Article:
Microsoft's About To Become More Aggressive With Windows 10 Upgrades
Microsoft has been aggressively pushing Windows 10 to existing Windows users by offering them a free upgrade, an easy registration process and they even changed the out of box experience for Windows 8 to offer a free update to Windows 10. But, the company is about to take another big step in pushing the OS to existing users and it’s likely not going to make the folks who have held off up until now, very happy.
Terry Myerson stated in a blog post, that you can read here, that they are going to move Windows 10 from an ‘optional’ update to a ‘recommended update’ through Windows Update which means that anyone who is set to automatically download recommended updates will receive the new bits. It’s important to note that you will still be prompted to start the install process but if you are short on space on your hard drive, you will want to be proactive to block this download.
For corporate users, this likely should not be an issue as you can block the update using the various tools that Microsoft provides for managing your network, but for those small businesses who do not have these tools, they will need to pay close attention to when Microsoft makes the switch from ‘optional’ to ‘recommended’.
Say Goodbye to Traditional PC Lifecycle Management
Traditional IT tools, including Microsoft SCCM, Ghost Solution Suite, and KACE, often require considerable custom configurations by T3 technicians (an expensive and often elusive IT resource) to enable management of a hybrid onsite + remote workforce. In many cases, even with the best resources, organizations are finding that these on-premise tools simply cannot support remote endpoints consistently and reliably due to infrastructure limitations.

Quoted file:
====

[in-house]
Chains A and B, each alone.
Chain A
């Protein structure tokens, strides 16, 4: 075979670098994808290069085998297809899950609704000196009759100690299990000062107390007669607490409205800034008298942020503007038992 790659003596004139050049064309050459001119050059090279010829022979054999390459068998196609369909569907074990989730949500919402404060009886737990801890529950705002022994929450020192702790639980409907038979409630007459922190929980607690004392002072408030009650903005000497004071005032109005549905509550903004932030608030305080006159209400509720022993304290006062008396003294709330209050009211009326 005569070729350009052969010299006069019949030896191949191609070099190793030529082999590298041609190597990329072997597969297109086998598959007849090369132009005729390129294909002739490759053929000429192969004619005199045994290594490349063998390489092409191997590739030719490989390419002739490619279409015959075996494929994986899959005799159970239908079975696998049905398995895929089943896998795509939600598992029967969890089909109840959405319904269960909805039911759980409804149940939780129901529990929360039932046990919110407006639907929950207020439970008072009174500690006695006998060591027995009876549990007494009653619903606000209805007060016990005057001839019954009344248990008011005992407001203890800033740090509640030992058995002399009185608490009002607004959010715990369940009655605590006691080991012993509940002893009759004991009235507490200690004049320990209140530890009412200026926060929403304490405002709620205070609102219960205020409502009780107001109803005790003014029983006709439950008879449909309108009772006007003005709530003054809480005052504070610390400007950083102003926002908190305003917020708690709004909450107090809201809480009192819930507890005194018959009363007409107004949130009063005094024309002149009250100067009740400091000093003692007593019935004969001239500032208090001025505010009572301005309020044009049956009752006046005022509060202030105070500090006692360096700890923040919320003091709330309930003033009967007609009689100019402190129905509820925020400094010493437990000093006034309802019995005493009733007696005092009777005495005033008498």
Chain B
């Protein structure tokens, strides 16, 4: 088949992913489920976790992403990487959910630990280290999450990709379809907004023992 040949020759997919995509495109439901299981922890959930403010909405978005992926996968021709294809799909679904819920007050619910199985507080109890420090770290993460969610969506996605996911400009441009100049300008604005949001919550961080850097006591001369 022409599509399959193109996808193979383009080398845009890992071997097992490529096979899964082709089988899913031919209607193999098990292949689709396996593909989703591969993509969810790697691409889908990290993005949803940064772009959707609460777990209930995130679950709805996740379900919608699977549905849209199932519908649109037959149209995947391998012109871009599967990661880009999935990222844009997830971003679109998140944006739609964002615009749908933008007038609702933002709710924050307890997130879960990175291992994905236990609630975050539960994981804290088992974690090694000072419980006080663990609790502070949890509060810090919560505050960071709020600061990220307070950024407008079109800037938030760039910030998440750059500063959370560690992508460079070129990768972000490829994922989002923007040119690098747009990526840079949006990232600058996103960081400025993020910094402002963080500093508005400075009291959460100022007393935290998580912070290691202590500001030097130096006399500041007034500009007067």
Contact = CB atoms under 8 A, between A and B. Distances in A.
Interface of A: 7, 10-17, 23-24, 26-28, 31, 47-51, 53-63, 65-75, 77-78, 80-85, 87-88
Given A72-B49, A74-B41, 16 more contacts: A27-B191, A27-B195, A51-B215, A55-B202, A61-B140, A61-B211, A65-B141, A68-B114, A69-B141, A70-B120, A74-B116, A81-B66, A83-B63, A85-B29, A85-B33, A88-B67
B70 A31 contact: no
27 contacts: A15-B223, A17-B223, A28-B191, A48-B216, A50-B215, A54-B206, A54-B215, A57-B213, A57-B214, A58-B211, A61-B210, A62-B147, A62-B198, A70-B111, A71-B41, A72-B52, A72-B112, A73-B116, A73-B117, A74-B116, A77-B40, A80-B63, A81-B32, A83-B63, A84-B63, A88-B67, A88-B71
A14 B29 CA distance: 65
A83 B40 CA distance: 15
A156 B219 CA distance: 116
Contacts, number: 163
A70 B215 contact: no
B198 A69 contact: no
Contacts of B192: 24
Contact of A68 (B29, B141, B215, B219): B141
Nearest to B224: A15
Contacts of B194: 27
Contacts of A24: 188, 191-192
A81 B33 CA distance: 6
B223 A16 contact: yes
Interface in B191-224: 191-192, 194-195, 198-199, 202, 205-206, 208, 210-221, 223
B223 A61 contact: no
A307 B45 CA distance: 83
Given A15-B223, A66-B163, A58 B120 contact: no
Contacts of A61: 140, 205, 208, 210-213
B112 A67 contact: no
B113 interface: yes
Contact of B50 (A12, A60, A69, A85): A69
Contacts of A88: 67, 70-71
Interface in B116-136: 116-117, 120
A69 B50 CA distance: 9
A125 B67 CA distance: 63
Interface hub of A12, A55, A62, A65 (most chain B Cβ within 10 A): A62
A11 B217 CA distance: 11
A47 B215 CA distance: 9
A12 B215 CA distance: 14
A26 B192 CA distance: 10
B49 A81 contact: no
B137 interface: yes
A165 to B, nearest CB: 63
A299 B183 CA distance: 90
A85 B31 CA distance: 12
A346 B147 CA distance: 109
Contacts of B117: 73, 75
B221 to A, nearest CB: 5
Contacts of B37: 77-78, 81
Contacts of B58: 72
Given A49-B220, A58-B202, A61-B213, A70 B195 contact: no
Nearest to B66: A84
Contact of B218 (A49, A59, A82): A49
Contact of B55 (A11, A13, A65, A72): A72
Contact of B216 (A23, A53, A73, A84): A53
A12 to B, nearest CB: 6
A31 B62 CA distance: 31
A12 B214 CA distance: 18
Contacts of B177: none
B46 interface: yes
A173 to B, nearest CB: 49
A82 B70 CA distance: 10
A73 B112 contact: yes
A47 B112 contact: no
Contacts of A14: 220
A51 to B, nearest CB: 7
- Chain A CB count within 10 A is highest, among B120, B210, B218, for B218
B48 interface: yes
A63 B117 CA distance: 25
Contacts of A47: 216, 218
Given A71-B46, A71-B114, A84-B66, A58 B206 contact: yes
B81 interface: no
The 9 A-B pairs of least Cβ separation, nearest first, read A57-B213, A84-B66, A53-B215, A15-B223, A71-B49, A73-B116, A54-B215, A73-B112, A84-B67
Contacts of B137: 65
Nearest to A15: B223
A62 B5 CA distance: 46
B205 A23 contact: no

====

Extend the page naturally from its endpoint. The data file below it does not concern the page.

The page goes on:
But that’s not the worst of it, if you are a consumer on a metered connection using Windows 7 or 8.1, there is no automated work-round for not getting the update. Microsoft says that you have the option of turning off automatic updates and then manually checking for patches but this is a process is cumbersome for the average user and requires them to keep checking for updates on a regimented basis if they want their machine fully protected.
On the good side of the coin, Microsoft has said that they will be improving the documentation of what has changed within any individual update and they will also be improving scheduling options for when updates are installed
Microsoft recently came under fire for accidently making the optional Windows 10 update checked by default which resulted in some users downloading the OS; the company has corrected that issue.
This change, which will surely speed up the install rate of the OS, will help Microsoft meet its target of having one billion installs of the OS in three years. The company has never been this aggressive with pushing out a new OS and it will be interesting to see how consumers who have not updated to the OS react to the announcement.